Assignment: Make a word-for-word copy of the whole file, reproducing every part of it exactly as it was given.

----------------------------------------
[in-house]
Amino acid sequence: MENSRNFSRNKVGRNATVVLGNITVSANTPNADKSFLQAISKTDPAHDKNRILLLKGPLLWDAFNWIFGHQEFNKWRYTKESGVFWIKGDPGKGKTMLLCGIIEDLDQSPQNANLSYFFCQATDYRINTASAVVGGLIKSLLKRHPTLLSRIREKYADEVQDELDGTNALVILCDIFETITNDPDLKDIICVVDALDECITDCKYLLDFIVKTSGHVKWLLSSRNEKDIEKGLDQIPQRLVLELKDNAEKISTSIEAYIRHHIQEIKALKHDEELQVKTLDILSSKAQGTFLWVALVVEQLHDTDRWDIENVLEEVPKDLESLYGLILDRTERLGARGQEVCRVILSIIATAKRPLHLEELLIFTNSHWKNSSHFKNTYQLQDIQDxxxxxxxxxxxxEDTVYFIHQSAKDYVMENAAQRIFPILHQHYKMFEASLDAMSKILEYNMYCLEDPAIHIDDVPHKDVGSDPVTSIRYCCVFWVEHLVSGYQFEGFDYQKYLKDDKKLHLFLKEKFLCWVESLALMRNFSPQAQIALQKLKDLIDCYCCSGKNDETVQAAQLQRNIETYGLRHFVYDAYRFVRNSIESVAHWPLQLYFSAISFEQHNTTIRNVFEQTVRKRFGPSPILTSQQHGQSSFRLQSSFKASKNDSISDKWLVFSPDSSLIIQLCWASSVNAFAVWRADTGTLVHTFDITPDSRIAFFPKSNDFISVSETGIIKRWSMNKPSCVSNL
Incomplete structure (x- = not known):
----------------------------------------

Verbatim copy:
[in-house]
Amino acid sequence: MENSRNFSRNKVGRNATVVLGNITVSANTPNADKSFLQAISKTDPAHDKNRILLLKGPLLWDAFNWIFGHQEFNKWRYTKESGVFWIKGDPGKGKTMLLCGIIEDLDQSPQNANLSYFFCQATDYRINTASAVVGGLIKSLLKRHPTLLSRIREKYADEVQDELDGTNALVILCDIFETITNDPDLKDIICVVDALDECITDCKYLLDFIVKTSGHVKWLLSSRNEKDIEKGLDQIPQRLVLELKDNAEKISTSIEAYIRHHIQEIKALKHDEELQVKTLDILSSKAQGTFLWVALVVEQLHDTDRWDIENVLEEVPKDLESLYGLILDRTERLGARGQEVCRVILSIIATAKRPLHLEELLIFTNSHWKNSSHFKNTYQLQDIQDxxxxxxxxxxxxEDTVYFIHQSAKDYVMENAAQRIFPILHQHYKMFEASLDAMSKILEYNMYCLEDPAIHIDDVPHKDVGSDPVTSIRYCCVFWVEHLVSGYQFEGFDYQKYLKDDKKLHLFLKEKFLCWVESLALMRNFSPQAQIALQKLKDLIDCYCCSGKNDETVQAAQLQRNIETYGLRHFVYDAYRFVRNSIESVAHWPLQLYFSAISFEQHNTTIRNVFEQTVRKRFGPSPILTSQQHGQSSFRLQSSFKASKNDSISDKWLVFSPDSSLIIQLCWASSVNAFAVWRADTGTLVHTFDITPDSRIAFFPKSNDFISVSETGIIKRWSMNKPSCVSNL
Incomplete structure (x- = not known):